Subsequently and at 430, the plug-in component intercepts various events as required by extensibility mechanism and related customized business logic. For example, these events can include opening a cube, closing a cube, related to personalization, authentication, authorization, and the like. Next and at 440, functionality of the analysis services (e.g., OLAP servers) can be extended, wherein business logic can be personalized to specific users.

FIG. 5 illustrates a further methodology 500 of hosting a personalization plug-in component to extend functionalities of the analysis services in accordance with an aspect of the subject innovation. Initially, and at 510 the server starts and creates the PM plug-in component, wherein the PM plug-in component can listen to events for session open and session close.

For example, upon start up, the servers can iterate through all server assemblies and looks for classes with a predetermined attribute, for instance PlugInAttribute. Such PlugInAttribute attribute designates a CLR class as an SSAS plug-in, e.g.,

class PlugInAttribute : System.Attribute
{
  public PlugInAttribute (void);
}

For each such class, it instantiates an object and invokes the default constructor, which in turn can subscribe to events. In general, the server does not maintain an explicit reference to the plug-in object. Rather the delegate used for event subscription would hold a reference to the object (as per .NET delegate semantics). Hence, if the plug-in does not subscribe to any events, it will be cleaned.

Accordingly and at 520, the PM plug-in component can determine when each user starts to open a session and close a session. Next and at 530, the PM plug-in component can perform a look up (e.g., via a database) for the user for information pertaining thereto. Subsequently and at 540, the PM can subscribe to UDM, and associated MDX commands can be constructed.

FIG. 6 illustrates a related methodology 600 of incorporating plug-in components as part of analysis services, for authentication and authorization in accordance with an aspect of the subject innovation. Initially and at 610, the authentication plug-in component can lookup for authentication events upon user connection. At 620 the user can connect and is authenticated for such connection via the authentication plug-in component. Subsequently and at 630, an event regarding user authorization can be raised by the analysis services inquiring into authorization and access restrictions for such user. At 640, the authorization plug-in component can extend analysis server functionality and verify type of access for the authenticated user.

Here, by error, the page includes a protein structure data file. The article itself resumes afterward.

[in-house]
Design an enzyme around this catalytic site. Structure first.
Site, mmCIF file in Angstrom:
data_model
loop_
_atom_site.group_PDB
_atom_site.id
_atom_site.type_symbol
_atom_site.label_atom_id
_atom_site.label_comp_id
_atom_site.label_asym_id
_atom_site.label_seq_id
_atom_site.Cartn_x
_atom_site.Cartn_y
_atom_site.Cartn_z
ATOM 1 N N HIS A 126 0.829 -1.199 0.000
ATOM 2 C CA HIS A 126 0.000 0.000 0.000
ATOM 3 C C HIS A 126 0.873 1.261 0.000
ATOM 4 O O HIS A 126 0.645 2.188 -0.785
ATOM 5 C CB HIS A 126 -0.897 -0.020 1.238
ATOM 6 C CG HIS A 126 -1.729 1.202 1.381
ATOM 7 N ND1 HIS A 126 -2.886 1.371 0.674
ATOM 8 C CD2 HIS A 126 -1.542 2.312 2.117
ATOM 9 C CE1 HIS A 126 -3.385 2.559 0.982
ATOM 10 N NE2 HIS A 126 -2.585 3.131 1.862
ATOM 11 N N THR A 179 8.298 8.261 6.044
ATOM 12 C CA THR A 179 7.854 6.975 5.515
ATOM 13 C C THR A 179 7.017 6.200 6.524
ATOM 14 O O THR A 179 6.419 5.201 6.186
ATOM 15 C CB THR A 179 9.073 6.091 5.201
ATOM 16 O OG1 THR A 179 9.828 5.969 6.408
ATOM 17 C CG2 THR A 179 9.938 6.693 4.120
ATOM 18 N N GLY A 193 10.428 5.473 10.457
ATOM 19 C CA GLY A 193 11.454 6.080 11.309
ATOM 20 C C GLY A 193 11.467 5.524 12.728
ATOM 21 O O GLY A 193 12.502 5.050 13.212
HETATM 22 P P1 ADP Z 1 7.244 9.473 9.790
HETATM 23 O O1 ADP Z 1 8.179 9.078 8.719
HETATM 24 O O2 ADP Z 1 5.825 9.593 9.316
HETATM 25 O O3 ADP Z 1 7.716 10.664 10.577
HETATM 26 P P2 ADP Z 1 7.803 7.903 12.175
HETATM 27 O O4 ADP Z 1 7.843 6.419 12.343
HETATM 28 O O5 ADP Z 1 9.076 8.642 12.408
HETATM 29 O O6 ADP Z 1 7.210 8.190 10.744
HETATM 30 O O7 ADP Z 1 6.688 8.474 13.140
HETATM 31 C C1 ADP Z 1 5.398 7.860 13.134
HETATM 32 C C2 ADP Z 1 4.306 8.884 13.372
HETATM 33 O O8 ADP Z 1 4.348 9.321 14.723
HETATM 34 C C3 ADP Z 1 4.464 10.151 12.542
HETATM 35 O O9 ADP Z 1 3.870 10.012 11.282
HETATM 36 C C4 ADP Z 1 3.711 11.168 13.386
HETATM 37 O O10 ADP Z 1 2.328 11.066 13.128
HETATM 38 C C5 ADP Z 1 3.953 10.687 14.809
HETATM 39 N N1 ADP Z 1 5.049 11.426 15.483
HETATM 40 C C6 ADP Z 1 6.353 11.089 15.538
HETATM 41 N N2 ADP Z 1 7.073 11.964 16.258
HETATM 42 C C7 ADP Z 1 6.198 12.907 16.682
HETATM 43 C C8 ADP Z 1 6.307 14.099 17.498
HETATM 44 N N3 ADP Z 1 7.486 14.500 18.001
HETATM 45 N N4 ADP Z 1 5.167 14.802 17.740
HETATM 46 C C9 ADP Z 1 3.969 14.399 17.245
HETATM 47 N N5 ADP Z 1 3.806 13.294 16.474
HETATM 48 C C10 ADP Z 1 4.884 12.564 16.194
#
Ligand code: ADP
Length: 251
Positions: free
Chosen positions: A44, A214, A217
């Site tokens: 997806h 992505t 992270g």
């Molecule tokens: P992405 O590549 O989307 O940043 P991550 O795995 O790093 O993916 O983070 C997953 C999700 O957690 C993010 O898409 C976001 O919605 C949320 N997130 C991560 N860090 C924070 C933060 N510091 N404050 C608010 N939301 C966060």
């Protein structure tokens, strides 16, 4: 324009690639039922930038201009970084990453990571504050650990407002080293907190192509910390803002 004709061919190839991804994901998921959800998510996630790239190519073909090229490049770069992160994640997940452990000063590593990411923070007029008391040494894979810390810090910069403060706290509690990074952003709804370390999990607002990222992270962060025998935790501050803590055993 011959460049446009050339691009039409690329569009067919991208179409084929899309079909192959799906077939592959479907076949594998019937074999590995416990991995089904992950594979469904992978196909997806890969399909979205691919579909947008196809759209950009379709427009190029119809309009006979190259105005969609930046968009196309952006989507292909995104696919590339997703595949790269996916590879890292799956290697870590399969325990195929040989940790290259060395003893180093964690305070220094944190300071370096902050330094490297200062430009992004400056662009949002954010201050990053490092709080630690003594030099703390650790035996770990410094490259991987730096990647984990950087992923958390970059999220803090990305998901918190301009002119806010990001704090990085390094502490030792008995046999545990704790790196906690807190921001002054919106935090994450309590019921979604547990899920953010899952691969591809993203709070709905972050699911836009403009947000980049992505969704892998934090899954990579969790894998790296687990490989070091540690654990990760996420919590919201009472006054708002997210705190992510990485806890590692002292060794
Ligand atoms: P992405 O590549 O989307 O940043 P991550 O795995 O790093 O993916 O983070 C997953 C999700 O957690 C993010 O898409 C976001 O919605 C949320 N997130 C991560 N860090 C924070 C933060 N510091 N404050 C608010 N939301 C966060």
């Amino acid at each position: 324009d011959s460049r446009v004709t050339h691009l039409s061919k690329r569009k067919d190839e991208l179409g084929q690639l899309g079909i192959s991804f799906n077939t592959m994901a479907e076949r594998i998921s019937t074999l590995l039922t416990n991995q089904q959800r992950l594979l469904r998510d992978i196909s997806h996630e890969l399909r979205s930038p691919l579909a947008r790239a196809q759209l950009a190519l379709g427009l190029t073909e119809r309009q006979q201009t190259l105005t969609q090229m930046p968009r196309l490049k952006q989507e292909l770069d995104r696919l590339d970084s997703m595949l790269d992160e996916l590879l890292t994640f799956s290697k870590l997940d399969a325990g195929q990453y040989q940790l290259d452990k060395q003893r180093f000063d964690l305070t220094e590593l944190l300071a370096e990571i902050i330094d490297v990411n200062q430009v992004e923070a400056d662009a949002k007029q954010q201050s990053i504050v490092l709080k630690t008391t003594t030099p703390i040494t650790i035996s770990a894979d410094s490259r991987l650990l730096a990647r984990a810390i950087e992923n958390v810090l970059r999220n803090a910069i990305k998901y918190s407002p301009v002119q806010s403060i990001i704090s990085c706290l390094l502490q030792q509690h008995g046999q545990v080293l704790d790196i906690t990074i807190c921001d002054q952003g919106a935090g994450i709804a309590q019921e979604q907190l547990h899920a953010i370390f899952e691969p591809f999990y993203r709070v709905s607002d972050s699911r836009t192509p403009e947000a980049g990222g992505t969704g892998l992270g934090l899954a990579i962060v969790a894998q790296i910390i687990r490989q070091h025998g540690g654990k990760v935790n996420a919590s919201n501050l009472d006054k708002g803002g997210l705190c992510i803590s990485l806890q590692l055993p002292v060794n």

FIG. 7 illustrates a block diagram of analysis services 700 that employs a plug-in component 711 in accordance with an aspect of the subject innovation. As explained in detail above, the plug-in component 711 can be hosted by the analysis services 700, to supply additional custom logic (e.g., personalization, authentication, authorization, and the like) for the unified dimensional model (UDM) 706 (e.g., custom logic that is tailored for users). As illustrated, the analysis services 700 includes a database table 710, the metadata set 704, the dimensional model (multidimensional objects such as “OLAP objects” and the like) 706, and the cache 708. Typically, information about data from the database 702 is compiled into the metadata set 704. Metadata objects are constructed from the metadata set 704 to form the dimensional model 706. The dimensional model 706 usually includes dimensions, cubes, and measures and the like. Such allows an OLAP management tree to access the metadata objects in the dimensional model 706. Accordingly, server functionalities can be extended in an agile manner (e.g., without a requirement for a new release). Moreover, when a user connects to the UDM, in addition to the base set of data and calculation that are developed by the developer, the user can also view personalized business logic created by the user (and/or created by user group members and shared).

FIG. 8 illustrates a further block diagram 800 that can employ plug-ins 890 in accordance with an aspect of the subject innovation. This typical environment 800 comprises an analysis services component 802 linked to a data source 810 and user interfaces 812. The user interfaces 812 are comprised of OLAP browsers, reporting tools, and other BI (Business Intelligence) applications and the like. The analysis services component 802 typically has an interface 814 with the user interfaces 812 via interfaces 808 like XML/A (eXtensible Markup Language/Analysis) and MDX (Multidimensional Exchange Language) and the like. The analysis services component 802 is comprised of a UDM (Unified Dimensional Model) component 804 and a cache 806. In this example, the plug-ins 890 can be hosted by the analysis services component 802 via the UDM component 804 and the cache 806. The UDM component can proactively access the cache 806 and/or the data directly. When a user connects to the UDM 804, (in addition to the base set of data and calculation that are developed by the developer) the user can also view personalized business logic created by the user (and/or created by user group members and shared). It is to be appreciated that as users employ the same functionality for a plug-ins over and over, such functionality can become a core component of the analysis server 802 by developers thereof.